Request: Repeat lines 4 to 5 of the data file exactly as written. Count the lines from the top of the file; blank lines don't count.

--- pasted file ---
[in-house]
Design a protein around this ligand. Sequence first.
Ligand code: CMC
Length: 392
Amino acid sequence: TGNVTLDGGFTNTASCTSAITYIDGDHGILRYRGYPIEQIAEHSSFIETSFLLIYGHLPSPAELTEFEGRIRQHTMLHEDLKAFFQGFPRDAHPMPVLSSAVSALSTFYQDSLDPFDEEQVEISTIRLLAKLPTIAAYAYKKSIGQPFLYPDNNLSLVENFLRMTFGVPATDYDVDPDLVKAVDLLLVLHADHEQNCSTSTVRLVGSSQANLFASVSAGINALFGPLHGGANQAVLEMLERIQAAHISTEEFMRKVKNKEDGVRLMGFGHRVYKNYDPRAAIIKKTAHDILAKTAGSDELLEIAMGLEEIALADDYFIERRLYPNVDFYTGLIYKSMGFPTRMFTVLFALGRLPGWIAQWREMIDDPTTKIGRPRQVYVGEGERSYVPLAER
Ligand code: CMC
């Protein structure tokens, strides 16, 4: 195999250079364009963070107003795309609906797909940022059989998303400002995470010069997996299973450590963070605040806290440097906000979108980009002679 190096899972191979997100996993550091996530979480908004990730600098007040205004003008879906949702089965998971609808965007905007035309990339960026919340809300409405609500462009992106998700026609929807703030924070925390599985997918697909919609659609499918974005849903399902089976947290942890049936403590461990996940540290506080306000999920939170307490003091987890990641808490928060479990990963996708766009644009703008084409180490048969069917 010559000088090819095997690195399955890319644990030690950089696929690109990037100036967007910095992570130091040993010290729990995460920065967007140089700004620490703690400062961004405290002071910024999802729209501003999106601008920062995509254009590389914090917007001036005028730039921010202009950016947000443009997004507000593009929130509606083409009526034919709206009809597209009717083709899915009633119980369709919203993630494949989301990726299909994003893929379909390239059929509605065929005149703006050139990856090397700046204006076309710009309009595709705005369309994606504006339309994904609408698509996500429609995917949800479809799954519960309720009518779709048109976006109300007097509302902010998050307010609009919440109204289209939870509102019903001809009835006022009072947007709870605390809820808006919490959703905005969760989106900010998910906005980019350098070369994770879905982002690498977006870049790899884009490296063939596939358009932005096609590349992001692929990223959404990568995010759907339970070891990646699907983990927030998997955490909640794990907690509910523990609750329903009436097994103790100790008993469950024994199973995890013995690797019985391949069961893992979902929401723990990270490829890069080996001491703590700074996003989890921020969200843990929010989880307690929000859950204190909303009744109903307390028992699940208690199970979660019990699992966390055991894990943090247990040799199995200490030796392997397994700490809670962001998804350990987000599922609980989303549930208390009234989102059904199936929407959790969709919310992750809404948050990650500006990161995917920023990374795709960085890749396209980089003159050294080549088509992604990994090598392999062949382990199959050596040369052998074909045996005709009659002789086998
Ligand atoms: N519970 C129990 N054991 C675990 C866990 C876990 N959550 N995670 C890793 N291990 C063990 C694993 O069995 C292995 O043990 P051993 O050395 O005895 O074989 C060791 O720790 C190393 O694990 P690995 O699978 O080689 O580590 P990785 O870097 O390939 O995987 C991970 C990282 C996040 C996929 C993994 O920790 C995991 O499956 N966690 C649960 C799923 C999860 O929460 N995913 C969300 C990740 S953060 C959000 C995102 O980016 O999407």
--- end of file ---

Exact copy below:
Length: 392
Amino acid sequence: TGNVTLDGGFTNTASCTSAITYIDGDHGILRYRGYPIEQIAEHSSFIETSFLLIYGHLPSPAELTEFEGRIRQHTMLHEDLKAFFQGFPRDAHPMPVLSSAVSALSTFYQDSLDPFDEEQVEISTIRLLAKLPTIAAYAYKKSIGQPFLYPDNNLSLVENFLRMTFGVPATDYDVDPDLVKAVDLLLVLHADHEQNCSTSTVRLVGSSQANLFASVSAGINALFGPLHGGANQAVLEMLERIQAAHISTEEFMRKVKNKEDGVRLMGFGHRVYKNYDPRAAIIKKTAHDILAKTAGSDELLEIAMGLEEIALADDYFIERRLYPNVDFYTGLIYKSMGFPTRMFTVLFALGRLPGWIAQWREMIDDPTTKIGRPRQVYVGEGERSYVPLAER